The United Nations: Formally Recognized and Recognized by Association
Rutsch, Horst, UN Chronicle
The Norwegian Nobel Committee, in its 101 years of existence has awarded the Nobel Peace Prize not only to United Nations agencies and staff eight times--we took at the eight laureates associated with the United Nations, including the Organization itself, in following pages--it has also honoured a number of individuals and organizations working indirectly with the United Nations or its precursor, the League of Nations.
Before 1914, the Nobel Committee credited, in particular, efforts at legislation and arbitration leading to peace, especially in connection with the Hague Peace Conferences of 1899 and 1907, and it awarded the Prize to a number of representatives of popular peace movements and international legal tradition, such as Frederic Passy of France (1901), one of the principal founders of the Inter-Parliamentary Union, and former Belgian Prime Minister August Beernaert (1909), a member of the Permanent Court of Arbitration at The Hague.
In the period between the two world wars, many of the laureates were closely associated with the League of Nations. In 1919, the Peace Prize was awarded to United States President Woodrow Wilson for his crucial role in establishing the League; the following year it went to Leon Bourgeois of France, known as its "spiritual father", Perhaps no one was more closely identified with the League of Nations than one of its architects, Lord Robert Cecil of the United Kingdom, who received the Prize in 1937, and participated in 1946 in the final meetings of the League at Geneva, ending his speech with, "The League is dead; long live the United Nations!" He remained active in supporting international efforts for peace through his honorary life presidency of the United Nations Association.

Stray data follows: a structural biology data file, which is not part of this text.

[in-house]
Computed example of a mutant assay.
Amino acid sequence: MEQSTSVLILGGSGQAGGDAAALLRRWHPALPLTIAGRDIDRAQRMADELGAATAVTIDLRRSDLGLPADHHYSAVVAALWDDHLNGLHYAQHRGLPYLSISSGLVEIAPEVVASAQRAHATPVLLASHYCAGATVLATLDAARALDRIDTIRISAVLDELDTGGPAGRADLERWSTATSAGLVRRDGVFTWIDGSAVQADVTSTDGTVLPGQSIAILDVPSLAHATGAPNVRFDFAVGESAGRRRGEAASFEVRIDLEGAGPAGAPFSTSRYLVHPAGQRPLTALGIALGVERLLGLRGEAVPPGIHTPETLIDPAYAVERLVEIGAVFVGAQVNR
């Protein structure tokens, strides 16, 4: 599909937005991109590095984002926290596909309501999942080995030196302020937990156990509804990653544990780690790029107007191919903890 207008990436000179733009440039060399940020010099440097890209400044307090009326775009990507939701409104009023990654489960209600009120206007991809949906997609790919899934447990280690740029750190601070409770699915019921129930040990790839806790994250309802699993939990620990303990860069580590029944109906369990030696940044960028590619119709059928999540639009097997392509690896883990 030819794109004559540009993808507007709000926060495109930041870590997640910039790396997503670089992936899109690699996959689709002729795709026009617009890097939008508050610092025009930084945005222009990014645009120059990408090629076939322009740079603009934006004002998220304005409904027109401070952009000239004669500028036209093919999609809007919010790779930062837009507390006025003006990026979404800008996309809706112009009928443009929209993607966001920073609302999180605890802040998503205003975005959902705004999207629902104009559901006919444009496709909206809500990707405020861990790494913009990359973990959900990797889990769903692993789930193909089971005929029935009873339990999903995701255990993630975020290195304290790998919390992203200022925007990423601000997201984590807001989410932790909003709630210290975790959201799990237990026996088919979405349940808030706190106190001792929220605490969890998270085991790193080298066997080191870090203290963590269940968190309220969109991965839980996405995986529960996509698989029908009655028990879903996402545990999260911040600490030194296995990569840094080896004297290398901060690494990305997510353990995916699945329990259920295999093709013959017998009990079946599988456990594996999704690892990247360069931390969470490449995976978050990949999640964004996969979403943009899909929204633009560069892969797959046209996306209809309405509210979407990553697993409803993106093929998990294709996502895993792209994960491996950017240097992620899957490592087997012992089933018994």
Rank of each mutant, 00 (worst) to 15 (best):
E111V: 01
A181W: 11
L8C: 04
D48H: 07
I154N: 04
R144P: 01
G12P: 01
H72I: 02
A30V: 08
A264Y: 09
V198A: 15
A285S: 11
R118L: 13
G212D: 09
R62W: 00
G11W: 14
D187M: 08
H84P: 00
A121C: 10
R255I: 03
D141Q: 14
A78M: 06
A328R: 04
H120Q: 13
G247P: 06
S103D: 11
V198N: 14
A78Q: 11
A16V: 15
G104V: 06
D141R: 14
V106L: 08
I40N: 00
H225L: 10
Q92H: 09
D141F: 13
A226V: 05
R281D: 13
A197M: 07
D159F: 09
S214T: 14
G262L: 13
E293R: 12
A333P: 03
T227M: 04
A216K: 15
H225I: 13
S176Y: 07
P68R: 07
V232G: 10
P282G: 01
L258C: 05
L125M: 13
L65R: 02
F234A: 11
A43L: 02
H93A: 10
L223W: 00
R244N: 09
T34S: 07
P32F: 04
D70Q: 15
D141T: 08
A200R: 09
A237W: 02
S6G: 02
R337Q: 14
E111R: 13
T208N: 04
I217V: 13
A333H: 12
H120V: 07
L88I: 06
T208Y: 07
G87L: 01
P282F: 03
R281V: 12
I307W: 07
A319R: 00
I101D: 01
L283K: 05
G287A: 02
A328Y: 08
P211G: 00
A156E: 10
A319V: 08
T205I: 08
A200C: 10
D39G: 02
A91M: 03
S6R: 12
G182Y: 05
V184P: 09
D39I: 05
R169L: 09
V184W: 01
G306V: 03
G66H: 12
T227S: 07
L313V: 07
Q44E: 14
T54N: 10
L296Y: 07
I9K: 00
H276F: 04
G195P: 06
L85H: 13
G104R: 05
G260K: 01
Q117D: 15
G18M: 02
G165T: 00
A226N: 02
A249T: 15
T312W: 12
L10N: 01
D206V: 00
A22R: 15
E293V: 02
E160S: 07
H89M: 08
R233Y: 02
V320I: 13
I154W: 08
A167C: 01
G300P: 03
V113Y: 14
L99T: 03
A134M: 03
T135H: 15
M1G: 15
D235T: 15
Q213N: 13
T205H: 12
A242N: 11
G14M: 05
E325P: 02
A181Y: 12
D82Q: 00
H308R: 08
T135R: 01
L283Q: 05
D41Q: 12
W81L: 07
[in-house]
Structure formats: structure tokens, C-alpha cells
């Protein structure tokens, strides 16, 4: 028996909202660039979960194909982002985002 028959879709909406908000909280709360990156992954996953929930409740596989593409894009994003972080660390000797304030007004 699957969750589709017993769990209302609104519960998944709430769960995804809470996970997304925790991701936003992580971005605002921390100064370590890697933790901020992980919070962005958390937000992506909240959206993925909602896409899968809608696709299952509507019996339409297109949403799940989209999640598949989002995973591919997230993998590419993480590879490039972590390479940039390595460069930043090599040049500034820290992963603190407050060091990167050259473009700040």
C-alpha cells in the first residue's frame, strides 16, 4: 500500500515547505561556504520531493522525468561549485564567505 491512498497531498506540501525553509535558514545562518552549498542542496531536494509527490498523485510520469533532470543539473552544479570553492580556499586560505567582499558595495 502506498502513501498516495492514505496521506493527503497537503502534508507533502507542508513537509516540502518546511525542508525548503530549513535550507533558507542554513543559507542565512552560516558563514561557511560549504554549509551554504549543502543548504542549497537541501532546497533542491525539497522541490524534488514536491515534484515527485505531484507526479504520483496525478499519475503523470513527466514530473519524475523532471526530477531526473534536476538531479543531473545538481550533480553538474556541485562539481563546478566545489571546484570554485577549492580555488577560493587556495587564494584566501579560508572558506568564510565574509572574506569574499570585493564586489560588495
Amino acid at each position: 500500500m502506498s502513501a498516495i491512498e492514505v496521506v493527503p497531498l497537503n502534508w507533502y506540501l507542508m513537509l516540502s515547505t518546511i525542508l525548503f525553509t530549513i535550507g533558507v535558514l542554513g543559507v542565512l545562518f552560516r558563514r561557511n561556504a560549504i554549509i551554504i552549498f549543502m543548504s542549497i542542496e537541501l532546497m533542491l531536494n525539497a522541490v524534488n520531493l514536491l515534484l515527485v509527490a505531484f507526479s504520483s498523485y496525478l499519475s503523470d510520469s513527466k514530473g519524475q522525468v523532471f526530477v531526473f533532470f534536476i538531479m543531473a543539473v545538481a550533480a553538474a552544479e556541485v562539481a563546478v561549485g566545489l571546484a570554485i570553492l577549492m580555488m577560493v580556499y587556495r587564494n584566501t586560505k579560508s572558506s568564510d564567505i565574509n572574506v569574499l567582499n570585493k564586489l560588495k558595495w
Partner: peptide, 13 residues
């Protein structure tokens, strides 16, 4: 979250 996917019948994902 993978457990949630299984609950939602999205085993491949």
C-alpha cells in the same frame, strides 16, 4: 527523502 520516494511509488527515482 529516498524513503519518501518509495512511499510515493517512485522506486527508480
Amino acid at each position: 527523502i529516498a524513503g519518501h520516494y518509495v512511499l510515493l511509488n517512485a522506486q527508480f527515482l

During the world wars, the awarding of the Nobel Peace Prize was suspended, except to recognize (1917 and 1944) the efforts of the International Committee of the Red Cross (ICRC) to assist wounded combatants, prisoners of war and refugees This emphasis on the humanitarian aspects of peace was evident from the beginning: as in 1901, the Norwegian Nobel Committee had decided to share the first Peace Prize between Frederic Passy and Henri Dunant of Switzerland, founder of ICRC and originator of the 1864 Geneva Convention In 1922, Fridtj of Nansen of Norway, originator of the so-called "Nansen passports", was honoured for his work with refugees, and in 1938 the Prize went to the Nansen International Office for Refugees, founded following Fridtjof Nansen's death in 1930, as the successor of the first international agency dealing with refugees--the High Commission for Refugees, established by the League of Nations under the direction of Nansen in 1921
In 1963, on the 100th anniversary of the founding of the Red Cross, the Prize was awarded jointly to two major arms of the Red Cross movement: the Swiss International Committee of the Red Cross and the International League of Red Cross Societies. …